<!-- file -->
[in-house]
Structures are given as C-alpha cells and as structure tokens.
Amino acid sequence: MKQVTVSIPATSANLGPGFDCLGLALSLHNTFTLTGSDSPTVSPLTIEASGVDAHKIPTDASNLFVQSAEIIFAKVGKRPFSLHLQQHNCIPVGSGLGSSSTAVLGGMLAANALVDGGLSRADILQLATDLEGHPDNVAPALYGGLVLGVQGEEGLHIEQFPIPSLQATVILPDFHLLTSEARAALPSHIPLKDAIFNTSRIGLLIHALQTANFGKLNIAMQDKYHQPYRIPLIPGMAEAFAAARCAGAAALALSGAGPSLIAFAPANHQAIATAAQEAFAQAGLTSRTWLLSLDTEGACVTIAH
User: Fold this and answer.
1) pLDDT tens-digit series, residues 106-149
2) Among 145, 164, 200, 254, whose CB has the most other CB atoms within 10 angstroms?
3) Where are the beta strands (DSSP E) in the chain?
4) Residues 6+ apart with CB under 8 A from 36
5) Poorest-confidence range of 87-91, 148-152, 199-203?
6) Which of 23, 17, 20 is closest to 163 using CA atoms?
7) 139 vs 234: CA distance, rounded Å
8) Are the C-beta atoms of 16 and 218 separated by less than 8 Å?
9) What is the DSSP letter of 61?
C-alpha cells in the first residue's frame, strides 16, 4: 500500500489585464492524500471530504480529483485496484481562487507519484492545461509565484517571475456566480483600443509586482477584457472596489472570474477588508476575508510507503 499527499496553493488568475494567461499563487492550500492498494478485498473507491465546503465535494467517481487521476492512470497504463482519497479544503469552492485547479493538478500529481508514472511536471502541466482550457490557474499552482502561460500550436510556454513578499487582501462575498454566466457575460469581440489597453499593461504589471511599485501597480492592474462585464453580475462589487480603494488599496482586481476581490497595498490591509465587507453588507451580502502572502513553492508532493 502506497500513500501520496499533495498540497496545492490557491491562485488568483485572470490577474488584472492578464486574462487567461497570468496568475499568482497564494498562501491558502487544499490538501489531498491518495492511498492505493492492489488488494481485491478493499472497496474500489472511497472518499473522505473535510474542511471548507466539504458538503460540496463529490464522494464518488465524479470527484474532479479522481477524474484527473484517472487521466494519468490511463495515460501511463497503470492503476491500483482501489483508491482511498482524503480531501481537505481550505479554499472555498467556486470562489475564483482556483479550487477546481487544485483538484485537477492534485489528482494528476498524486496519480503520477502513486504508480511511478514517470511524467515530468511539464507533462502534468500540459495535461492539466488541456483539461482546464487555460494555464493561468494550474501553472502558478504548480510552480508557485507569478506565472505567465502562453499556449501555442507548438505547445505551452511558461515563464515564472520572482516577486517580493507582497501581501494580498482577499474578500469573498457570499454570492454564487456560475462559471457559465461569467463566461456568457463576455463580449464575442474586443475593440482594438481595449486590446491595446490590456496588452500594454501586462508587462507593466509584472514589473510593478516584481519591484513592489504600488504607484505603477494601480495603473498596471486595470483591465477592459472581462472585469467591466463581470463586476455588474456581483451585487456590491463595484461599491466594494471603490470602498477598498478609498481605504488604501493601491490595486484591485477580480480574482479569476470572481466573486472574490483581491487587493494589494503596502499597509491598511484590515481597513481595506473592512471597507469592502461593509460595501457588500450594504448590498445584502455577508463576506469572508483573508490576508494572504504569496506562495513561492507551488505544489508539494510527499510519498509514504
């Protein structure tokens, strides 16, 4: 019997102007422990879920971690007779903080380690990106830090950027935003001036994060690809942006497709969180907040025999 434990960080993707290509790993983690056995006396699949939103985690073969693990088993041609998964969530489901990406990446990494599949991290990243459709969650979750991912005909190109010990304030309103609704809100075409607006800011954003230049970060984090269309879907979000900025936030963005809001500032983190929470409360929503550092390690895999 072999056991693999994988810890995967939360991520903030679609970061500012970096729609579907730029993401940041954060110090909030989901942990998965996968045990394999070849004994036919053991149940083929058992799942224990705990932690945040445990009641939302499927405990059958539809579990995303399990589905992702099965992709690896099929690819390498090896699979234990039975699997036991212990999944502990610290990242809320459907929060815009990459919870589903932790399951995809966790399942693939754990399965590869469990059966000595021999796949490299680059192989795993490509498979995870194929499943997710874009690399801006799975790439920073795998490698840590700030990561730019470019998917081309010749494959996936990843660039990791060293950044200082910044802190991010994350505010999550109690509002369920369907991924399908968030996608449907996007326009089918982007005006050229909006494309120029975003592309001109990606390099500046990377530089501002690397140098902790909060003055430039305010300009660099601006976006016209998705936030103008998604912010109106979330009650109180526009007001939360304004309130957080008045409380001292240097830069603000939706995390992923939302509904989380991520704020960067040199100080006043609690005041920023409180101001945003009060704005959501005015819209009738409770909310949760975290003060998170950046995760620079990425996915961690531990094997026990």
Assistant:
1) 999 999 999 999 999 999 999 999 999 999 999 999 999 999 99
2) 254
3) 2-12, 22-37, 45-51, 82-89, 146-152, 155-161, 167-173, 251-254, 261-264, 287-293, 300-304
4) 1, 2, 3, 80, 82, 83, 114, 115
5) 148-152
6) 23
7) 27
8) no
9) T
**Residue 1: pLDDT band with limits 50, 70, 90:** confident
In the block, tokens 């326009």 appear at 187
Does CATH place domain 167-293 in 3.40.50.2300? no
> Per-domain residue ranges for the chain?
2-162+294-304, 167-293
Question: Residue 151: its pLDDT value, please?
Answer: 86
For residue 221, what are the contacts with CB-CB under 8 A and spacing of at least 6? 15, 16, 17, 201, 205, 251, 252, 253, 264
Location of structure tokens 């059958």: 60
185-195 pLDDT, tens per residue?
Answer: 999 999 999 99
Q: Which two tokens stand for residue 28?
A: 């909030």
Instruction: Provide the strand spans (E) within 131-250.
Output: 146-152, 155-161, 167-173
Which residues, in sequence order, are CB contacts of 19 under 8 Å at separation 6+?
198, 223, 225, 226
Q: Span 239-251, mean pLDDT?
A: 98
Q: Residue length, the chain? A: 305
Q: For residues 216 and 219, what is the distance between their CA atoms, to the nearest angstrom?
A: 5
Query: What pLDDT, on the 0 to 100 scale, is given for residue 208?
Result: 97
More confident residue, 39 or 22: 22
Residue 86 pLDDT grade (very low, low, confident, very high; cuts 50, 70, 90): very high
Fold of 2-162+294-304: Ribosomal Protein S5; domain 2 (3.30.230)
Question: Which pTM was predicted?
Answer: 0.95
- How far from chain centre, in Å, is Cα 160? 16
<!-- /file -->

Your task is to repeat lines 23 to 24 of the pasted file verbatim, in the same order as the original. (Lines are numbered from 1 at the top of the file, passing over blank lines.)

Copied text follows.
7) 27
8) no